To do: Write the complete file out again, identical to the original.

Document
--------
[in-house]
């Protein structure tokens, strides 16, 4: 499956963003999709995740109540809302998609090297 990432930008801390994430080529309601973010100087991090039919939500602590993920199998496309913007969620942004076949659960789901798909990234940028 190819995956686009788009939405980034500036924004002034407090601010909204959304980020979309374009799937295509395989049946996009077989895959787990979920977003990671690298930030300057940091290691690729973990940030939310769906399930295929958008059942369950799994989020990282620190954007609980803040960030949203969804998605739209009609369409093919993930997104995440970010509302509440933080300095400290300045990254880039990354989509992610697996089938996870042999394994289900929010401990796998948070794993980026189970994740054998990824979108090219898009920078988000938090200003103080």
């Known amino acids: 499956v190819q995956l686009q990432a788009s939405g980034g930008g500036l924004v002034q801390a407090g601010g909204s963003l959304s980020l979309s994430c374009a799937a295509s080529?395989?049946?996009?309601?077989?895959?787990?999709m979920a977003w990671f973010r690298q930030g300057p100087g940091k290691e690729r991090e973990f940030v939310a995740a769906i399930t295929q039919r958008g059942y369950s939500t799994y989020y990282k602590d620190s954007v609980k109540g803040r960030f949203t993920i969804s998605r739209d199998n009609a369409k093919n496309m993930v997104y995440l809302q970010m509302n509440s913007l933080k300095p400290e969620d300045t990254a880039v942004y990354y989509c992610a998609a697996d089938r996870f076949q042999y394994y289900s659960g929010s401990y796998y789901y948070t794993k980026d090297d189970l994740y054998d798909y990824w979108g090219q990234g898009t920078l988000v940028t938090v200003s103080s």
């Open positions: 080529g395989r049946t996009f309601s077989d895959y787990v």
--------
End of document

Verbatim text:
[in-house]
């Protein structure tokens, strides 16, 4: 499956963003999709995740109540809302998609090297 990432930008801390994430080529309601973010100087991090039919939500602590993920199998496309913007969620942004076949659960789901798909990234940028 190819995956686009788009939405980034500036924004002034407090601010909204959304980020979309374009799937295509395989049946996009077989895959787990979920977003990671690298930030300057940091290691690729973990940030939310769906399930295929958008059942369950799994989020990282620190954007609980803040960030949203969804998605739209009609369409093919993930997104995440970010509302509440933080300095400290300045990254880039990354989509992610697996089938996870042999394994289900929010401990796998948070794993980026189970994740054998990824979108090219898009920078988000938090200003103080």
């Known amino acids: 499956v190819q995956l686009q990432a788009s939405g980034g930008g500036l924004v002034q801390a407090g601010g909204s963003l959304s980020l979309s994430c374009a799937a295509s080529?395989?049946?996009?309601?077989?895959?787990?999709m979920a977003w990671f973010r690298q930030g300057p100087g940091k290691e690729r991090e973990f940030v939310a995740a769906i399930t295929q039919r958008g059942y369950s939500t799994y989020y990282k602590d620190s954007v609980k109540g803040r960030f949203t993920i969804s998605r739209d199998n009609a369409k093919n496309m993930v997104y995440l809302q970010m509302n509440s913007l933080k300095p400290e969620d300045t990254a880039v942004y990354y989509c992610a998609a697996d089938r996870f076949q042999y394994y289900s659960g929010s401990y796998y789901y948070t794993k980026d090297d189970l994740y054998d798909y990824w979108g090219q990234g898009t920078l988000v940028t938090v200003s103080s």
């Open positions: 080529g395989r049946t996009f309601s077989d895959y787990v």